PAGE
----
Journal of Ophthalmic Diseases

Persistent Fetal Vasculature with Atypical Presentation

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Published Date: September 15, 2016

Persistent Fetal Vasculature with Atypical Presentation

Trivizki O1*, Mezad-Koursh D1, and Stolovich C2

1Department of Ophthalmology, Tel Aviv Sourasky Medical Center, Tel-Aviv, Israel

2Sackler Faculty of Medicine, TelAviv University, Tel Aviv, Israel

*Corresponding Authors: Omer Trivizki, Department of Ophthalmology, Tel Aviv Sourasky Medical Center, Tel Aviv 6423906, Israel. Tel: 9723-6973-408; Fax: 9723-6973-408; E-mail:


Citation: Trivizki O, Mezad-Koursh D, Stolovich C (2016) Persistent Fetal Vasculature with Atypical Presentation. J Ophth Dis 1(1): 105.




Persistent fetal vasculature is an uncommon condition, presenting clinically as Leukocoria (white pupillary reflex), micro-ophthalmia, and cataract. The authors report a case of an infant with atypical normal corneal diameter and long axial length sizes.

Keywords: Persistent Fetal Vasculature; Leukocoria; Micro-Ophthalmia; Cataract


PFV: Persistent Fetal Vasculature.

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Persistent fetal vasculature (PFV) is an uncommon condition of failure in ocular development due to incomplete regression of the fetal hyaloid vasculature. Here we report of a unique presentation of PFV.

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Case Report


A 21-month-old boy presented to the Tel Aviv Sourasky Medical Center Pediatric Ophthalmic Unit due to suspected high myopia, unilateral right leukocoria and a new right eye strabismus. He was born at term following an uneventful pregnancy and birth and was otherwise healthy. Family history was unremarkable.

At initial visit he presented with signs of amblyopia in his right eye by fixating pattern, a moderate right esotropia (20PD) was diagnosed in the primary position. Pupil were equal and reactive to light, there was no palpable mass or swelling. He was systemically well with no other focal neurological signs on slit-lamp biomicropscopy examination a central posterior sub capsular cataract was seen (Figure 1). Due to the media opacity a fundus examination to the right eye was unsuitable. The left eye including the anterior and posterior part appeared to be normal except hypermetropia of 3.50 diopter (D).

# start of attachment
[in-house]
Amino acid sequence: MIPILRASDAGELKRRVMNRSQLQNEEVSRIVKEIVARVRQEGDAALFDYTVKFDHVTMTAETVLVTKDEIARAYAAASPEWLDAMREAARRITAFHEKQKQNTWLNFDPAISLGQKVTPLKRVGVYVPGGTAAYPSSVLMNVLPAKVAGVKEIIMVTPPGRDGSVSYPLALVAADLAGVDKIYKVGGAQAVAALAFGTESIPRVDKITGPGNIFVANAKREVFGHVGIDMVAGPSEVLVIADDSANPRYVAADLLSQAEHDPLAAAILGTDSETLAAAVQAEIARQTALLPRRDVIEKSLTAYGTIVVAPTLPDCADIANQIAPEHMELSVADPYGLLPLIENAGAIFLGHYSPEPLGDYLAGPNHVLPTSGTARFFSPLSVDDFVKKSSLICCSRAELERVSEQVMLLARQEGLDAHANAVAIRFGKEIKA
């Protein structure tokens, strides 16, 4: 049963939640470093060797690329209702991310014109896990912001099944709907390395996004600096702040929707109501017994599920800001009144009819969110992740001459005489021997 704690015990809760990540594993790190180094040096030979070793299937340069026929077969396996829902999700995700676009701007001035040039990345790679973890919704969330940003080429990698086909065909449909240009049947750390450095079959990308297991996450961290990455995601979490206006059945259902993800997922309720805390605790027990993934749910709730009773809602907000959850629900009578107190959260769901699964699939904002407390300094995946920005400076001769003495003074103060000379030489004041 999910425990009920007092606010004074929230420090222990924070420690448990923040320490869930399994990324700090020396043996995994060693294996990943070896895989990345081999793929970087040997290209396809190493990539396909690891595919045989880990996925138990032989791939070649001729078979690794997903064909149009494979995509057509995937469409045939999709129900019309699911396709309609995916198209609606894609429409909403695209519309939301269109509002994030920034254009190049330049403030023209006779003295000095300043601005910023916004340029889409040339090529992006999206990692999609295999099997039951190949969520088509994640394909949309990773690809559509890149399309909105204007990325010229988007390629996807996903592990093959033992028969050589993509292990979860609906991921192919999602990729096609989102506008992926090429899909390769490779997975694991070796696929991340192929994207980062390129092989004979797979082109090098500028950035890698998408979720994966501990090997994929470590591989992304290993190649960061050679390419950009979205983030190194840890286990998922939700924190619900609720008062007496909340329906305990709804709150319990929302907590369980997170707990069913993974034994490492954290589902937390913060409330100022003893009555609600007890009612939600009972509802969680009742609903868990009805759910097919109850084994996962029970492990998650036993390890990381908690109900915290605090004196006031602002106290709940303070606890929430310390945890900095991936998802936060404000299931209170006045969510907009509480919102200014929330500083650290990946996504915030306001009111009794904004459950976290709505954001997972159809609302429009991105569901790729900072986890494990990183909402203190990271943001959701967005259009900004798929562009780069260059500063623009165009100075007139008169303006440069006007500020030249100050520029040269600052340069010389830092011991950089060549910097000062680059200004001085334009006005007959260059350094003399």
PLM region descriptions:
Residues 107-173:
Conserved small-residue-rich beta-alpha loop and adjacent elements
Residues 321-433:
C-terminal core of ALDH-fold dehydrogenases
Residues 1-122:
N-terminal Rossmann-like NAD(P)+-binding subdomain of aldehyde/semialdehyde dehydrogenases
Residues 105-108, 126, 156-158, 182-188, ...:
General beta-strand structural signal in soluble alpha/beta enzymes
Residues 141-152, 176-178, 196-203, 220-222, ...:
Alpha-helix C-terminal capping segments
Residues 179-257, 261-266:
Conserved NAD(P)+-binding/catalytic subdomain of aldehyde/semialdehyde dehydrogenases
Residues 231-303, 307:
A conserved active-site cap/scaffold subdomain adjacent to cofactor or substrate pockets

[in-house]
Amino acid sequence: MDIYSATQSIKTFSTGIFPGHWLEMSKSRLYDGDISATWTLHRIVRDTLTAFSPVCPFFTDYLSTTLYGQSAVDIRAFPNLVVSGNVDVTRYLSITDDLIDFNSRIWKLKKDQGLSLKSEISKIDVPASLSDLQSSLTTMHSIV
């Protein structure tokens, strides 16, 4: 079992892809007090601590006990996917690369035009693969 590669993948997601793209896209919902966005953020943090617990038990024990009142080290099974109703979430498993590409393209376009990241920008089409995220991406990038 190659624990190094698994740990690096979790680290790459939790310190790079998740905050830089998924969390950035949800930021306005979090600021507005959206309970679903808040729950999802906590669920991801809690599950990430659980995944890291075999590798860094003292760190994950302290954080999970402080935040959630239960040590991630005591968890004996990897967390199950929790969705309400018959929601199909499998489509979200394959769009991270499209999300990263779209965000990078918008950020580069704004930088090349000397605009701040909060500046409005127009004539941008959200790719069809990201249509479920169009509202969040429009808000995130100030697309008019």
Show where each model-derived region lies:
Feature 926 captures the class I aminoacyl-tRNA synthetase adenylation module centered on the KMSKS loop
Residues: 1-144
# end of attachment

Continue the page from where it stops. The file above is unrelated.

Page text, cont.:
Figure 1: Anterior segment slit-lamp photograph showing leukocoria.


As mentioned, since there was no clear view of the fundus, a B-scan ultrasound study was performed in which a combined PFV was found (Figure 2). Under anesthesia, the horizontal cornea diameter was 12 mm bilaterally (normal 10.00-12.00 mm), and the axial length of the left eye was 20.76 mm on the left eye and 23.55 mm on the right eye (average of 10 serial measurements with 0.10 mm standard deviation, OcuScan RxP, Alcon; normal values to this age, 19.70 - 23.00 mm1).


Figure 2: An ultrasound biomicroscope study showing an echogenic band extending from the posterior surface of the lens capsule to the optic disc.


Lensectomy, posterior capsulotomy, core vitrectomy, removal of the remnant fibrovascular stalk and intraocular lens implantation of Acrys of 14.5 diopter lens were successfully performed

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PFV is a disorder of failure in ocular development due to incomplete regression of the fetal hyaloid vasculature [1,2]. It is usually divided into anterior, posterior or combined manifestation, and is characterized by the presence of a vascular stalk between the lens capsule and the optic disc [3]. The condition is usually unilateral and bilaterally is rare (< 3%) [4]. Anterior PFV is considered the most frequent cause of unilateral lens opacification, and it is associated with both short axial length and reduced cornea size. In posterior PHPV is also associated with reduced cornea size and more than two thirds of cases are microphthalmic [5,6]. A grey-scale ultrasonographic study in an eye with PFV will show an echogenic band extending from the posterior surface of the lens capsule to the optic disc [1].

Descriptions of normal axial length and normal corneal diameter in PFV patients are sparse [7–9]. Most affected individuals have a mild form of the disease, and some of them do not have a classic leukocoria presentation and therefore tend to seek help later on in life [7–9]. The herein described classic young age presentation of PFV is unique for having an atypically longer than usual and then the second normal eye axial length and an atypically normal corneal diameter. To our knowledge this is the first report describing a unilateral case of classic presentation of PFV with a longer axial length in the affected eye. 

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  9. Steele G, Peters R. Persistent hyperplastic primary vitreous with myopia: a case study. J Am Optom Assoc. 1999;70(9):593–7

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Copyright: © 2016 Trivizki O, et al. This is an open access article distributed under the Creative Commons Attribution License, which permits unrestricted use, distribution, and reproduction in any medium, provided the original work is properly cited.